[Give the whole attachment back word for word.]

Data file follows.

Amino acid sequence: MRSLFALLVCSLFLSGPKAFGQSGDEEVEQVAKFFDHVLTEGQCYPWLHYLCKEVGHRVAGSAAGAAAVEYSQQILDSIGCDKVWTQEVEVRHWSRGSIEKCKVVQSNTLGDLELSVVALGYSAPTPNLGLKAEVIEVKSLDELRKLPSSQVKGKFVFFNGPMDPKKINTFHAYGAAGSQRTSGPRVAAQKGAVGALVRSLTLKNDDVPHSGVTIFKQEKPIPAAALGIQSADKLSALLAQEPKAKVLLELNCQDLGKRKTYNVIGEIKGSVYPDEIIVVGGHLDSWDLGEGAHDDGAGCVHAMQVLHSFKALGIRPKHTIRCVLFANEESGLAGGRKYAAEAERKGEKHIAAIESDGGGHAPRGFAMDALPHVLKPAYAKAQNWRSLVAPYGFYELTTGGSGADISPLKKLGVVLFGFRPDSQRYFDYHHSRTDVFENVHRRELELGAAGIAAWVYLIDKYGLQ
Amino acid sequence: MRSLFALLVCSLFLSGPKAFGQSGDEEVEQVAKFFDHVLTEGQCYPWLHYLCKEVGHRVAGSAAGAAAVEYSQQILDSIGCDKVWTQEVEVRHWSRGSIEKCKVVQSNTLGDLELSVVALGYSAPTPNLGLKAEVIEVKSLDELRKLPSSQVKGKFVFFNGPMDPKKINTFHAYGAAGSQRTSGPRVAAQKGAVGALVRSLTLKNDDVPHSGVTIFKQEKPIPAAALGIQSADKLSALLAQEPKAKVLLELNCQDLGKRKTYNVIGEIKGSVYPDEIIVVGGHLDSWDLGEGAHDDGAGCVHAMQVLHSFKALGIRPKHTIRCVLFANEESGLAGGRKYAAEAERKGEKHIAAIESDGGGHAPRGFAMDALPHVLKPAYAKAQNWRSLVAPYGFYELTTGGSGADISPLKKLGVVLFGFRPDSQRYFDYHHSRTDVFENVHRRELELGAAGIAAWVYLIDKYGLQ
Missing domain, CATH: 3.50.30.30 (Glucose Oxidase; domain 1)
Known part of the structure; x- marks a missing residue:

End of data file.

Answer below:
Amino acid sequence: MRSLFALLVCSLFLSGPKAFGQSGDEEVEQVAKFFDHVLTEGQCYPWLHYLCKEVGHRVAGSAAGAAAVEYSQQILDSIGCDKVWTQEVEVRHWSRGSIEKCKVVQSNTLGDLELSVVALGYSAPTPNLGLKAEVIEVKSLDELRKLPSSQVKGKFVFFNGPMDPKKINTFHAYGAAGSQRTSGPRVAAQKGAVGALVRSLTLKNDDVPHSGVTIFKQEKPIPAAALGIQSADKLSALLAQEPKAKVLLELNCQDLGKRKTYNVIGEIKGSVYPDEIIVVGGHLDSWDLGEGAHDDGAGCVHAMQVLHSFKALGIRPKHTIRCVLFANEESGLAGGRKYAAEAERKGEKHIAAIESDGGGHAPRGFAMDALPHVLKPAYAKAQNWRSLVAPYGFYELTTGGSGADISPLKKLGVVLFGFRPDSQRYFDYHHSRTDVFENVHRRELELGAAGIAAWVYLIDKYGLQ
Amino acid sequence: MRSLFALLVCSLFLSGPKAFGQSGDEEVEQVAKFFDHVLTEGQCYPWLHYLCKEVGHRVAGSAAGAAAVEYSQQILDSIGCDKVWTQEVEVRHWSRGSIEKCKVVQSNTLGDLELSVVALGYSAPTPNLGLKAEVIEVKSLDELRKLPSSQVKGKFVFFNGPMDPKKINTFHAYGAAGSQRTSGPRVAAQKGAVGALVRSLTLKNDDVPHSGVTIFKQEKPIPAAALGIQSADKLSALLAQEPKAKVLLELNCQDLGKRKTYNVIGEIKGSVYPDEIIVVGGHLDSWDLGEGAHDDGAGCVHAMQVLHSFKALGIRPKHTIRCVLFANEESGLAGGRKYAAEAERKGEKHIAAIESDGGGHAPRGFAMDALPHVLKPAYAKAQNWRSLVAPYGFYELTTGGSGADISPLKKLGVVLFGFRPDSQRYFDYHHSRTDVFENVHRRELELGAAGIAAWVYLIDKYGLQ
Missing domain, CATH: 3.50.30.30 (Glucose Oxidase; domain 1)
Known part of the structure; x- marks a missing residue: